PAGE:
Research group IBON said that the millions-surge in informal work, particularly in part-time and unpaid family, indicates that working Filipinos are going on survival mode as the living crisis intensifies. The group also said that the Marcos Jr administration’s inability to improve the economy’s capacity to generate meaningful jobs is clearly a failure of policy and government’s economic management.
While employment increased by 3.4 million to 48 million from July 2023 to August 2023, IBON said that the jobs created were mostly in precarious work with struggling Filipinos forced to make do with whatever they can find. Looking at latest labor force data by hours worked, IBON noted that the number of part-time workers spiked by a huge 2.5 million to nearly 15 million, while full-time workers only grew by 905,000 to 32.8 million.
By class of worker, wage and salary workers only grew by 87,000 to 30 million. But there were significant increases in jobs that are considered informal. For instance: the self-employed increased by 1.9 million from 11.2 million to 13.1 million, and unpaid family workers by 1.8 million from 2 million to 3.8 million. IBON estimates that total number of those in outright informal work grew by 3.5 million to 20.2 million or 42.1% of total employed in August 2023. This is comprised of the self-employed, domestic workers, and those that are employers, work with pay, and are unpaid family workers in own family-operated farm or business. This does not yet include irregular workers in private establishments who should be considered informally employed. Including them possibly increases informality to as much as 34.5 million or an overwhelming 72% of total employment.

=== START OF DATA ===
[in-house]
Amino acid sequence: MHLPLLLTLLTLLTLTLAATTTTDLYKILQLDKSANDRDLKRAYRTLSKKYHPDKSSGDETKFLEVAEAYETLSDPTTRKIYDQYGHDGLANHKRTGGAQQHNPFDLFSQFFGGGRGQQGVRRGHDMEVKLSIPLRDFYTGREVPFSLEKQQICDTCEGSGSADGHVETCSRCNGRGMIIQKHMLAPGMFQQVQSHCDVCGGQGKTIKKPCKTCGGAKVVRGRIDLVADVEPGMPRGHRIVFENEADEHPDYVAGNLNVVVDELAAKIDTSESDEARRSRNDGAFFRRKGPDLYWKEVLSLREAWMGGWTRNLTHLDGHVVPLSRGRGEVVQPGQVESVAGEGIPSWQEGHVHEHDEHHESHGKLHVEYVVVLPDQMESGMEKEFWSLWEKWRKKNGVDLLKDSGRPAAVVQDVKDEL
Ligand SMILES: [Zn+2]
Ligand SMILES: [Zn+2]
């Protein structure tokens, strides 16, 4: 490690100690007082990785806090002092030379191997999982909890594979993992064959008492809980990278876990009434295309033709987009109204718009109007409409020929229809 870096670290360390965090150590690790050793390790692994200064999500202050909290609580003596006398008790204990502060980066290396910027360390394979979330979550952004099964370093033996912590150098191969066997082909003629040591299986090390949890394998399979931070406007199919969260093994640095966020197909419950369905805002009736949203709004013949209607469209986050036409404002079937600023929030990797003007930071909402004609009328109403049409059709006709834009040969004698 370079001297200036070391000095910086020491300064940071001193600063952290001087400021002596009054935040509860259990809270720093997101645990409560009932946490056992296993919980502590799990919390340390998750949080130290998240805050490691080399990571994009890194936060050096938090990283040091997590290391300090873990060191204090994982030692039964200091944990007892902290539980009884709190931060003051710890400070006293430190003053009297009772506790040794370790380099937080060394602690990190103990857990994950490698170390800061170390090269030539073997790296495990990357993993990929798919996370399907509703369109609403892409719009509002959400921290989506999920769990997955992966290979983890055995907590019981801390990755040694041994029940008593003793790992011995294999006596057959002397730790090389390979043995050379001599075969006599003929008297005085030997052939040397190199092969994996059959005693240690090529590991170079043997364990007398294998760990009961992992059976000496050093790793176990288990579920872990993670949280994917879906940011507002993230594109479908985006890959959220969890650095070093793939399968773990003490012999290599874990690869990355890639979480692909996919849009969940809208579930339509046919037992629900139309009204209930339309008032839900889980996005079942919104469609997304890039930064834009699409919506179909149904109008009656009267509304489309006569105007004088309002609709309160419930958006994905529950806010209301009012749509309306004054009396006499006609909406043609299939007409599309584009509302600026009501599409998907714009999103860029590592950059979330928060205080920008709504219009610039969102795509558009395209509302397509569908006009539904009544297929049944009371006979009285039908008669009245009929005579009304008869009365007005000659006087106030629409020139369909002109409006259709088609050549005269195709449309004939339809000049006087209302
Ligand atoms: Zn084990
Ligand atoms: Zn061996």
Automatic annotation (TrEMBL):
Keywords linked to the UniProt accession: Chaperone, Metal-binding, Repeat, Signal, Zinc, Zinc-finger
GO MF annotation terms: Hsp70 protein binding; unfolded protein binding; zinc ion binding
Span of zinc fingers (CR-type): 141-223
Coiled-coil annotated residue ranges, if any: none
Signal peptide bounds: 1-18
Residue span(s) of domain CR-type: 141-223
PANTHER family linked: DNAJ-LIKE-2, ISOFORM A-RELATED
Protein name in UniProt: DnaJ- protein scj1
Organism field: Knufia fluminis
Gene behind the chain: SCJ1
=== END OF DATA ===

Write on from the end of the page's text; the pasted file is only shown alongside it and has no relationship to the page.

IBON said that the economic managers’ insistence that employment quality may be improved with the strategy of foreign investment attraction is already invalidated by the phenomenon of informal work rising and overtaking gainful employment, while government has stuck to the neoliberal strategy for the last 50 years. For instance, just looking at the past 10 years alone, IBON estimates that the number of informal workers in 2012 was 18.2 million but grew to 20.6 million in 2022. The group stressed that if the Marcos Jr administration is really committed to generating meaningful employment as it claims, it should abandon the old failed market-driven policies and focus on pouring its resources into strengthening and protecting domestic agriculture and Filipino industry.